We’re making our third attempt to move south through Hinlopenfjorden to reach the ice domes on the east coast of Spitsbergen. There’s 20 minutes less sunlight every day as the polar winter approaches, so we’ve moved the clocks forward by an hour to make more daylight sailing possible. The drifting ice is too dangerous to grapple with in the dark, so we retreat to the calmer waters of ice-free bays for night-time anchorage. Yesterday, after encountering an ice barrier half-way along the fjord, we sailed north, retracing our earlier journey in Force 6 winds at 9.4 knots, faster than the engine can take us. It was absolutely exhilarating to stand on deck and lean against the 45 degree tilt of the boat as the sun rolled on its long, low-angled path below the horizon, flushing the sails, our faces, the wave-spray red and gold.
Two nights ago Russian artist Leonid Tishkov made his second ‘lunar landing’ at Sorgfjorden in the far north of Spitsbergen. For several years, he’s been travelling around the world with a private moon – an illuminated crescent five feet long – which he photographs, sometimes with himself alongside, in wild and urban landscapes. He had to cut it into 4 pieces to get it on the plane to Longyearbyen, and over the last week he’s carefully reassembled it with gaffa tape and screws. We laid it across our knees in the zodiac in the rising dark and travelled ashore. Leonid connected the battery and suddenly the boat, the bay, our huddled world, were alight and glowing, and when he placed it carefully in front of a bleached and broken explorer’s hut on a hill above the water, it took our breath away. It’s such a complete expression of human longing, of loneliness, comfort and hope in this most inhuman place, and its beautiful, impossible light against the blackness of the door and window of the abandoned hut were a strange and unlooked for blessing.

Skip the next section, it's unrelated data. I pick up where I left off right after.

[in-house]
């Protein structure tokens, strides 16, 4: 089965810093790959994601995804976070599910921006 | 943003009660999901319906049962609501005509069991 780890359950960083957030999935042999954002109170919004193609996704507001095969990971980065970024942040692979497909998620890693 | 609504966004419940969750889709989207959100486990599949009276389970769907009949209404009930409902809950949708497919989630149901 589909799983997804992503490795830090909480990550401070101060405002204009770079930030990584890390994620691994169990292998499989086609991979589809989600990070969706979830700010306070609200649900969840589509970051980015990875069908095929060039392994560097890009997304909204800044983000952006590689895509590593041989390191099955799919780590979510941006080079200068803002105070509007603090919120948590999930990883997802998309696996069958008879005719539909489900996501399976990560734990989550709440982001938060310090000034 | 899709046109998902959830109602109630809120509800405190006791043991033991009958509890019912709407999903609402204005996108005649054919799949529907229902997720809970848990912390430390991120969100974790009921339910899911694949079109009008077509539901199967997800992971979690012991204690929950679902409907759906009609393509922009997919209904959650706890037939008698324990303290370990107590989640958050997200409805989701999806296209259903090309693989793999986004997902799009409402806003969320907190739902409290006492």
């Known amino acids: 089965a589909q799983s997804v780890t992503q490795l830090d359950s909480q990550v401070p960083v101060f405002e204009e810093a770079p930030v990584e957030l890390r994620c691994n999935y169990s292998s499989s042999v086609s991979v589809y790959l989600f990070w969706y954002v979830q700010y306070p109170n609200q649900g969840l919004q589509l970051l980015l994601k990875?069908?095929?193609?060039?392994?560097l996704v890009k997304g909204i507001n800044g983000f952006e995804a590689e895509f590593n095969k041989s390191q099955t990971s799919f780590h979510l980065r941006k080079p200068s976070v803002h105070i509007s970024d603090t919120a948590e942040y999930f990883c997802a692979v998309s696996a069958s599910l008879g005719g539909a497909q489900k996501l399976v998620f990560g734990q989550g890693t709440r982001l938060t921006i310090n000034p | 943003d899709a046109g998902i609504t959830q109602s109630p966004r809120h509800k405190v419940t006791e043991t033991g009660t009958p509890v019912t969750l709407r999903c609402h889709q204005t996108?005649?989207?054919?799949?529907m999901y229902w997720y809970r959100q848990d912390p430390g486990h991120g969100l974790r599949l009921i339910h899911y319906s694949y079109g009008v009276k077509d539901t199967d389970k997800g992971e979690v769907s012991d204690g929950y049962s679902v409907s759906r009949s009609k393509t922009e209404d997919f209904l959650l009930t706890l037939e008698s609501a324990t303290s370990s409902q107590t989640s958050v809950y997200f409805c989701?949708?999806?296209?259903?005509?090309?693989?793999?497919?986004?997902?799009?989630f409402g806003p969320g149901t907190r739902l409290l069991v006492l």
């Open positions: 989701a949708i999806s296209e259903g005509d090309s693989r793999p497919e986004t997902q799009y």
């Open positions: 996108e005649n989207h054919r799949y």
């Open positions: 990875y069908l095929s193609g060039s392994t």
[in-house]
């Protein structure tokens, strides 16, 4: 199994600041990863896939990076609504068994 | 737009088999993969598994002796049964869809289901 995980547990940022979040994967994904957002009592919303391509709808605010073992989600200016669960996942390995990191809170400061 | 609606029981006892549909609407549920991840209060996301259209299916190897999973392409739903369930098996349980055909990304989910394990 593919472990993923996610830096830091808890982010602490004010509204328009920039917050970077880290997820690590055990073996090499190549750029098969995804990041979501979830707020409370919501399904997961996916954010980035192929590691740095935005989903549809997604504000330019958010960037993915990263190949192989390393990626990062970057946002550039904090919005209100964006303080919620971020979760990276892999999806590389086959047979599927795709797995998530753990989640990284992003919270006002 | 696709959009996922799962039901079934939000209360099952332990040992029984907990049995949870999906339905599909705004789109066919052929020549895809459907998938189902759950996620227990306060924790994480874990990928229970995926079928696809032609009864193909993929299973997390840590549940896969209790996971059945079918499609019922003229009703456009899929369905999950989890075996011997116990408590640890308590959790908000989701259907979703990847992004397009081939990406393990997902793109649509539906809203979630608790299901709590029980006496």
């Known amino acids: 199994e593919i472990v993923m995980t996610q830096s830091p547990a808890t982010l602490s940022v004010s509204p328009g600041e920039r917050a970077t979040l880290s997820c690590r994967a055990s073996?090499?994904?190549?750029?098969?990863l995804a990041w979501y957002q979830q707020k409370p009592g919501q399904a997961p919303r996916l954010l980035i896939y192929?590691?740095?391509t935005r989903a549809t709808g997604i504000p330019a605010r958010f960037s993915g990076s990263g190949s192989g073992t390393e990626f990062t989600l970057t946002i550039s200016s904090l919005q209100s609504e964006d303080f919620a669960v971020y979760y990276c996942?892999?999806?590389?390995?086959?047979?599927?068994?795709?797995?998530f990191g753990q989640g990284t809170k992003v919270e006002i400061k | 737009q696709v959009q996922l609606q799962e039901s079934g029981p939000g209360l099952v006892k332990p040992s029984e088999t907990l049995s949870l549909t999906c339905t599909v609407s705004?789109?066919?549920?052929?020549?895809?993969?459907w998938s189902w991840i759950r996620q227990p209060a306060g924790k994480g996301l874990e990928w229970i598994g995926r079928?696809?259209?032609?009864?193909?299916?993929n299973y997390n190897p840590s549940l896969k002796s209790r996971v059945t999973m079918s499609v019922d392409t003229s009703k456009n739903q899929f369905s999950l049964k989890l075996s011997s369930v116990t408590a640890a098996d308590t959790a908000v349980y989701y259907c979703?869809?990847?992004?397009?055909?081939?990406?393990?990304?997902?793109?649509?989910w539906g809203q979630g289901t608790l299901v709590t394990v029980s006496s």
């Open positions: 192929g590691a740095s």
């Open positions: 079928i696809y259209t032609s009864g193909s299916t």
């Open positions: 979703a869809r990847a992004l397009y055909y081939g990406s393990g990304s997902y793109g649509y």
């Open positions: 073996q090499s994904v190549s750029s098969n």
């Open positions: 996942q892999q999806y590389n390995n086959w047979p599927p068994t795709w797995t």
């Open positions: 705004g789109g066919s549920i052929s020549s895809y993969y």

Cynthia Hopkins sat on a driftwood log and played a love song on the accordion, and at the end she turned her face to the moon and howled. We wondered if the arctic foxes were pricking up their ears in the snow above us, recognising something of themselves in that ancient sound.
Antlers, bones, bottles, bullet casings, rock spattered with brilliant orange lichen, fresh polar bear tracks in white channels of snow : these are the signs of life, death and time on these bare and beautiful shores. Now the dark spreads, and the cold, and Leonid takes his moon under his arm and walks back down to the water and the warmth of the boat. There’s no moon in the sky tonight, but we’ve had our fair share down here below.BACK TO TOP